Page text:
Organized around the theme of American communities, Out of Many is a unique blend of social and political history that reveals the geographical, racial, and economic diversity of the United States, with a special focus on the country’s regions, especially the West.
Instead of looking at the country as a homogenous whole, the authors break down the country into more meaningful and manageable building blocks: the individual, the community, the state, and the region. Showing these interplays between the individuals and groups and the groups and the regions, each chapter of the text will help students understand the textured and varied history that has produced the increasing complexity of America.
John Mack Faragher is Arthur Unobskey Professor of American History and director of the Howard R. Lamar Center for the Study of Frontiers and Borders at Yale University. Born in Arizona and raised in southern California, he received his B.A. at the University of California, Riverside, and his Ph.D. at Yale University. He is the author of Women and Men on the Overland Trail (1979), Sugar Creek: Life on the Illinois Prairie (1986), Daniel Boone: The Life and Legend of an American Pioneer (1992), The American West: A New Interpretive History (2000), and A Great and Noble Scheme: The Tragic Story of the Expulsion of the French Acadians from their American Homeland (2005).
Mari Jo Buhle
Mari Jo Buhle is William R. Kenan Jr. University Professor and Professor of American Civilization and History at Brown University, specializing in American women’s history. She received her B.A. from the University of Illinois, Urbana—Champaign, and her Ph.D. from the University of Wisconsin, Madison. She is the author of Women and American Socialism, 1870—1920 (1981) and Feminism and Its Discontents: A Century of Struggle with Psychoanalysis (1998). She is also coeditor of Encyclopedia of the American Left, second edition (1998). Professor Buhle held a fellowship (1991—1996) from the John D. and Catherine T. MacArthur Foundation.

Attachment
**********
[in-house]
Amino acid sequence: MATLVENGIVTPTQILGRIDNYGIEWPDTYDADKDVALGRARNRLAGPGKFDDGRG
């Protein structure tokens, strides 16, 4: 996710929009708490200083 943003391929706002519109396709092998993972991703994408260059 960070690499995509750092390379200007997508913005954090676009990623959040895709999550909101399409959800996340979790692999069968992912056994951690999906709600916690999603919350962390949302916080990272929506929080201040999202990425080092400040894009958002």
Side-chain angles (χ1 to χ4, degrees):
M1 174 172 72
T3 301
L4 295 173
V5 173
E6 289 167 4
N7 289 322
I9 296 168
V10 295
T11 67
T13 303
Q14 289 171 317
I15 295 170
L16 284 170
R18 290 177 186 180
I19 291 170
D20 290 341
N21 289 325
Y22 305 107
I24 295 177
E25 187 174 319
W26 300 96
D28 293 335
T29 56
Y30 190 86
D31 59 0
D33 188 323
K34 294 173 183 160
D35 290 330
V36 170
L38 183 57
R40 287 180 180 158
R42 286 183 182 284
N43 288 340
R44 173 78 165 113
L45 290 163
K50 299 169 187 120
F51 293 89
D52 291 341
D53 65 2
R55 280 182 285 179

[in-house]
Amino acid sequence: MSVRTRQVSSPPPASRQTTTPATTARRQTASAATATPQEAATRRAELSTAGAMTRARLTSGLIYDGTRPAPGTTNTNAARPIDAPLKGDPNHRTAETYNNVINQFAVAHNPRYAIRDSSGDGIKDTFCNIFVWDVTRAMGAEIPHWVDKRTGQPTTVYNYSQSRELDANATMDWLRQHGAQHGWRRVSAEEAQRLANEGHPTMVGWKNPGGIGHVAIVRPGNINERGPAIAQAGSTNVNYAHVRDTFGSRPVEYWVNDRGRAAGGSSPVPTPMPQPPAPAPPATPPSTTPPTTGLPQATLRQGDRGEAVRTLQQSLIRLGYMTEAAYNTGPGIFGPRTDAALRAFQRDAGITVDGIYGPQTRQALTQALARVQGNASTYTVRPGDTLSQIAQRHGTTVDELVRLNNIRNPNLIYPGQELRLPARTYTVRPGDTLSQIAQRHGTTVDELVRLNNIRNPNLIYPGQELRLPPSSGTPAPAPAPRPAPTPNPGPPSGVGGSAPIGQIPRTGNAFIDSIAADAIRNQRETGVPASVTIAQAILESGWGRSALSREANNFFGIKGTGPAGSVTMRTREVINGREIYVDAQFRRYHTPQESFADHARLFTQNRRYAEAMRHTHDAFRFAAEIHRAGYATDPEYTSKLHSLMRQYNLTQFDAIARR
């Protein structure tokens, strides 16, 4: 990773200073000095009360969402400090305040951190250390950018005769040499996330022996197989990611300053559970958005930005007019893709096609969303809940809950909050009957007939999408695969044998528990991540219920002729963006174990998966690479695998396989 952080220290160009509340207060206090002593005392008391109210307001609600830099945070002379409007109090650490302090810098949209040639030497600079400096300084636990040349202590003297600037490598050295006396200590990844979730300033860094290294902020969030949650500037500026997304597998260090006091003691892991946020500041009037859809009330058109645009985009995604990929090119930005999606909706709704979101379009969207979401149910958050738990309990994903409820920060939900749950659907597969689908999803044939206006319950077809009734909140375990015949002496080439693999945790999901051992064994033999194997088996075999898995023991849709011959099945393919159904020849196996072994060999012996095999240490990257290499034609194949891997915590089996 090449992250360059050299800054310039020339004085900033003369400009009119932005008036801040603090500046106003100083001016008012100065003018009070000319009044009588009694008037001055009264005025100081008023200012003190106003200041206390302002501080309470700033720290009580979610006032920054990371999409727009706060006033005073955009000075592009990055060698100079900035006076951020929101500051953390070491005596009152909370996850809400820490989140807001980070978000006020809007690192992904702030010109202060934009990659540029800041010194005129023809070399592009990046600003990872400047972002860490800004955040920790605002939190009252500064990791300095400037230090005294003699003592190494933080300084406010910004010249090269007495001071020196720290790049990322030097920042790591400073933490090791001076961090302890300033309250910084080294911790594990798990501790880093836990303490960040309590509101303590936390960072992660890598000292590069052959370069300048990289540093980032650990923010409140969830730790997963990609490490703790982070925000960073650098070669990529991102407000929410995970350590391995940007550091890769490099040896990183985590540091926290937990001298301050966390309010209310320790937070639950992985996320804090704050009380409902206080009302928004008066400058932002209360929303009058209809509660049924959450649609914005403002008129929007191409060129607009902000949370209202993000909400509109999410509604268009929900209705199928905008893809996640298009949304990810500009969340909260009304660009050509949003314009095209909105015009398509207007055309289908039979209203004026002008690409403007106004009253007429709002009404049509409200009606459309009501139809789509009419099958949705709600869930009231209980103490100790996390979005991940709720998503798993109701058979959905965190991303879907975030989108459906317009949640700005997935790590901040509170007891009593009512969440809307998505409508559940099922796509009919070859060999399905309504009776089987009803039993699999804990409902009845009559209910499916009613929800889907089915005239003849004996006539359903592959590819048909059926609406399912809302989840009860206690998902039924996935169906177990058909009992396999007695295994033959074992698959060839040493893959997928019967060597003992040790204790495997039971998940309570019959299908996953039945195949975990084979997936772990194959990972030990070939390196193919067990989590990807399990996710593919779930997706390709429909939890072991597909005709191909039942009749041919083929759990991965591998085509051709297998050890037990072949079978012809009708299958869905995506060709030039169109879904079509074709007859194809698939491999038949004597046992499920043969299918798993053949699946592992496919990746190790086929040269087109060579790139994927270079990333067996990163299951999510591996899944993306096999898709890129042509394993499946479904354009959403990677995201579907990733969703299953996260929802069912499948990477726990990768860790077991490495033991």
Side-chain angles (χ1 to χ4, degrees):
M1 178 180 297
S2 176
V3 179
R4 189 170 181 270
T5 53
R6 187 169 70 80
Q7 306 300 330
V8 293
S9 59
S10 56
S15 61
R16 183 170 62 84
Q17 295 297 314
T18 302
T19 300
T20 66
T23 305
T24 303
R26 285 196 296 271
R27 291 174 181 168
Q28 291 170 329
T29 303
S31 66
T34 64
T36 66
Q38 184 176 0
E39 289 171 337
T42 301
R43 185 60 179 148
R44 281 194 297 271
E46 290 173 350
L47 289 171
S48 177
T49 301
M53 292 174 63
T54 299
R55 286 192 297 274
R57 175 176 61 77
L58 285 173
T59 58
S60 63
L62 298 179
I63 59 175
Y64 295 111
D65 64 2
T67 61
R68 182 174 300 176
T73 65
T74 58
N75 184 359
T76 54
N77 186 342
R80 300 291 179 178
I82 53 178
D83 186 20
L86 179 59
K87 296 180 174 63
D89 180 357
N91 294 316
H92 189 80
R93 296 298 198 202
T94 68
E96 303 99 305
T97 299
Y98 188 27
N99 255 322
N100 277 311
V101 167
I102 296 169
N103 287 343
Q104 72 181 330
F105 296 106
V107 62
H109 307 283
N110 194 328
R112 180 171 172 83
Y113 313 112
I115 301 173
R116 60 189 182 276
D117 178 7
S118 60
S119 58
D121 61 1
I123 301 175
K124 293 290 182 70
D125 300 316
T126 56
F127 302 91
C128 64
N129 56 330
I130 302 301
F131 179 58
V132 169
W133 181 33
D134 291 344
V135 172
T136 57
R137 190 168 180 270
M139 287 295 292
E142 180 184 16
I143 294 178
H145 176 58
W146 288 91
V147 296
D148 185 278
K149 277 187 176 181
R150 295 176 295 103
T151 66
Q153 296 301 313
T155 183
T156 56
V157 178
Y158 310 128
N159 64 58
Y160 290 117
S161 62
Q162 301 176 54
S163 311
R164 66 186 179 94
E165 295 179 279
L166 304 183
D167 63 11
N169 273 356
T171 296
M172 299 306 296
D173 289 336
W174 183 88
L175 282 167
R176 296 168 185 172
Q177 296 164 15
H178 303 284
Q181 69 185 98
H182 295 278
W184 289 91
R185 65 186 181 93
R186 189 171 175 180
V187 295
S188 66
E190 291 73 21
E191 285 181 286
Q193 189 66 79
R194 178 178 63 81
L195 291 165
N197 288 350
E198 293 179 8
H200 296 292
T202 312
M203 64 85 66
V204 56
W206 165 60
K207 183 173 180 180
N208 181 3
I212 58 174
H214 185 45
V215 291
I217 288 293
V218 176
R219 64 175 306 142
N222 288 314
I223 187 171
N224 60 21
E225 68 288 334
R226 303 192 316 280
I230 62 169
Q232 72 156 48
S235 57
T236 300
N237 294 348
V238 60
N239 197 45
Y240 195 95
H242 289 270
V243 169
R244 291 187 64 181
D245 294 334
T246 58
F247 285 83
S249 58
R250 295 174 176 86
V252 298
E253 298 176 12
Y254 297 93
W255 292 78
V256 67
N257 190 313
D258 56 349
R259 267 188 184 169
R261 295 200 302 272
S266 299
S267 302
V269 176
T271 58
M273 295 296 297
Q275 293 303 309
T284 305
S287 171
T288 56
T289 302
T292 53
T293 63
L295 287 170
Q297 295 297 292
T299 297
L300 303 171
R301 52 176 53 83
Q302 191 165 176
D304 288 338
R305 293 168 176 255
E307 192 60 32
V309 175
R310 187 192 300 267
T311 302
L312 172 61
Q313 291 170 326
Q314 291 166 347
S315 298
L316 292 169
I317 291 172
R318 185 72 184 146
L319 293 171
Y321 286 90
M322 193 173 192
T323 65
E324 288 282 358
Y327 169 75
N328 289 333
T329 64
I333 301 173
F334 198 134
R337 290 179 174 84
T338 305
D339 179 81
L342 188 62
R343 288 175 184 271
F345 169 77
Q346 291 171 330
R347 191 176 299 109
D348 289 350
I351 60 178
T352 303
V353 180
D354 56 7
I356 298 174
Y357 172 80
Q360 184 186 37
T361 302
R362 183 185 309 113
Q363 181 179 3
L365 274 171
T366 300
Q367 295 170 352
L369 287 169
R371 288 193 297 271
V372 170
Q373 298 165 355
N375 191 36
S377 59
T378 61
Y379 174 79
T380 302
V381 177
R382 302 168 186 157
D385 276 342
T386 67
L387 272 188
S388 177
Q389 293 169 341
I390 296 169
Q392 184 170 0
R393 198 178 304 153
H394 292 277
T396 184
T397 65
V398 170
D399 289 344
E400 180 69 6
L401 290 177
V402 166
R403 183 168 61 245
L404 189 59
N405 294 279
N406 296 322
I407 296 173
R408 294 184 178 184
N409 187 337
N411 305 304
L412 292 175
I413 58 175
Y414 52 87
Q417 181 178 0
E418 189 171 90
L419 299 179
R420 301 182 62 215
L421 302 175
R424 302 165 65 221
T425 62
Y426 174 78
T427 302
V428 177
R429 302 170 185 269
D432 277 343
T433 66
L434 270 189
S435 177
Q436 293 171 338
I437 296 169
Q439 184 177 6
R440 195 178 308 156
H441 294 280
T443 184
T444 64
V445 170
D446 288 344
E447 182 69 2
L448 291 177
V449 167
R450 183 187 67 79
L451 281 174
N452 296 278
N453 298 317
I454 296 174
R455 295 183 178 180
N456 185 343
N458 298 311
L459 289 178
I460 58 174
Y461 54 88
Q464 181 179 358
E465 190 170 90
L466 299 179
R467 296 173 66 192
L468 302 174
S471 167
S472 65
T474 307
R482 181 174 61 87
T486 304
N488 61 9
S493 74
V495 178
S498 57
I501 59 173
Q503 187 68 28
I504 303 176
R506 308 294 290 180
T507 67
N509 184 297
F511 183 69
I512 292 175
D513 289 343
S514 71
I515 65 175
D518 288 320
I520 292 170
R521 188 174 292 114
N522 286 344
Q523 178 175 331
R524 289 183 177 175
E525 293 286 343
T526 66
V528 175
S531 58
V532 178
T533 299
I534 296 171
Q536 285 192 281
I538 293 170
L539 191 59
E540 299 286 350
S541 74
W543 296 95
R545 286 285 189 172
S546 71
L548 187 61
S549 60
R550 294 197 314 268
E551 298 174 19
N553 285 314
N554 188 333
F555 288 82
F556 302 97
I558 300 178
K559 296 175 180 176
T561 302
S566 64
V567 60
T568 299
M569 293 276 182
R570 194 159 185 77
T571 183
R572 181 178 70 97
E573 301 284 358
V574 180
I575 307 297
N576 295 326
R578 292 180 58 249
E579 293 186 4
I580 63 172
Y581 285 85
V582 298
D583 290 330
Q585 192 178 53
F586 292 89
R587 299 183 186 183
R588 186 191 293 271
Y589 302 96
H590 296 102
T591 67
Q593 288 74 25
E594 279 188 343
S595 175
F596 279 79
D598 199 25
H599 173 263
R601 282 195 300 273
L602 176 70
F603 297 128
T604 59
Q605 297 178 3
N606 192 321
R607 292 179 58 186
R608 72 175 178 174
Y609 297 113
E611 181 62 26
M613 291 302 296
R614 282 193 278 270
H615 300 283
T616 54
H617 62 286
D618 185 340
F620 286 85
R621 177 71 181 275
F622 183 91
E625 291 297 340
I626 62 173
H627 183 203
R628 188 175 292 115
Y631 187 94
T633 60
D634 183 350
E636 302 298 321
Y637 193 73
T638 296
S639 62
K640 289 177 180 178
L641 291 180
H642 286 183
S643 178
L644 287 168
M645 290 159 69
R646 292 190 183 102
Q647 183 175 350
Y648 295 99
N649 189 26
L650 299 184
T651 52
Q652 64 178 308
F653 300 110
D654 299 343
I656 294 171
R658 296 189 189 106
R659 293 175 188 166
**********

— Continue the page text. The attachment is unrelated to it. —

Daniel Czitrom is Professor of History at Mount Holyoke College. Born and raised in New York City, he received his B.A. from the State University of New York at Binghamton and his M.A. and Ph.D. from the University of Wisconsin, Madison. He is the author of Media and the American Mind: From Morse to McLuhan (1982), which won the First Books Award of the American Historical Association and has been translated into Spanish and Chinese. He is co-author of Rediscovering Jacob Riis: Exposure Journalism and Photography in Turn of the Century New York (2007). He has served as a historical consultant and featured on-camera commentator for several documentary film projects, including the PBS productions New York: A Documentary Film; American Photography: A Century of Images; and The Great Transatlantic Cable.
He currently serves on the Executive Board of the Organization of American Historians.
Susan H. Armitage
Susan H. Armitage is Claudius O. and Mary R. Johnson Distinguished Professor of History at Washington State University. She earned her Ph.D. from the London School of Economics and Political Science. Among her many publications on western women’s history are three coedited books, The Women’s West (1987), So Much To Be Done: Women on the Mining and Ranching Frontier (1991), and Writing the Range: Race, Class, and Culture in the Women’s West (1997). She currently serves as an editor of a series of books on women and American history for the University of Illinois Press.
I have tried a few different texts for my Am. Hist. course; it is very well written and comprehensive. Highly recommended - so much so that I am bothering to send in this -my first review. My way of thanking the authors for a job well done.
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